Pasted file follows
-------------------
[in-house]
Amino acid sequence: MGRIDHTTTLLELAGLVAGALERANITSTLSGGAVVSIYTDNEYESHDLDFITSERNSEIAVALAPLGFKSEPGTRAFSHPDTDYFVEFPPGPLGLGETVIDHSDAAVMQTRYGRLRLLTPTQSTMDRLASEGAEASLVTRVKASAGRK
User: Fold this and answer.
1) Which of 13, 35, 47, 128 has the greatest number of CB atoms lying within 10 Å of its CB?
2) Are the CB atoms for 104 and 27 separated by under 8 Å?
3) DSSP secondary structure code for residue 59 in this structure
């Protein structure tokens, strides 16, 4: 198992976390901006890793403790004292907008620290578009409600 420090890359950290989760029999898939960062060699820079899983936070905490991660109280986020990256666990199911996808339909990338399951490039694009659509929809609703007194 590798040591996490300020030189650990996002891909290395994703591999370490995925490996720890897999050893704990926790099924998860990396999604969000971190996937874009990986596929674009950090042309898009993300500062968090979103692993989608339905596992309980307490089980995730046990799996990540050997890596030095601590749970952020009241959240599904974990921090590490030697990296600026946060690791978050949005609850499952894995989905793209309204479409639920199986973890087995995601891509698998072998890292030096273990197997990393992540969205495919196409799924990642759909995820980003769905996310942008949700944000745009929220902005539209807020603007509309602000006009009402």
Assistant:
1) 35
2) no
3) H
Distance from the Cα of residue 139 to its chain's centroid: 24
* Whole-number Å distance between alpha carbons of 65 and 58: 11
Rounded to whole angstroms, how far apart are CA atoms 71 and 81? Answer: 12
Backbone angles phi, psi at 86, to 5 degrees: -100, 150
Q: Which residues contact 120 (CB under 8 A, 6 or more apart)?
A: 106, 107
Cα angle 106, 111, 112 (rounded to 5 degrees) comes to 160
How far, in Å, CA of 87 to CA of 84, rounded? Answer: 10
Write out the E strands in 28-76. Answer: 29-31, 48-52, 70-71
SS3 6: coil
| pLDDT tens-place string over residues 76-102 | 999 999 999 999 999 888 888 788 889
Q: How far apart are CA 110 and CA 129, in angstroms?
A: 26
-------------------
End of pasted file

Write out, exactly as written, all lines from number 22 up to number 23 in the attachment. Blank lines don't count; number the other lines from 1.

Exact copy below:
| pLDDT tens-place string over residues 76-102 | 999 999 999 999 999 888 888 788 889
Q: How far apart are CA 110 and CA 129, in angstroms?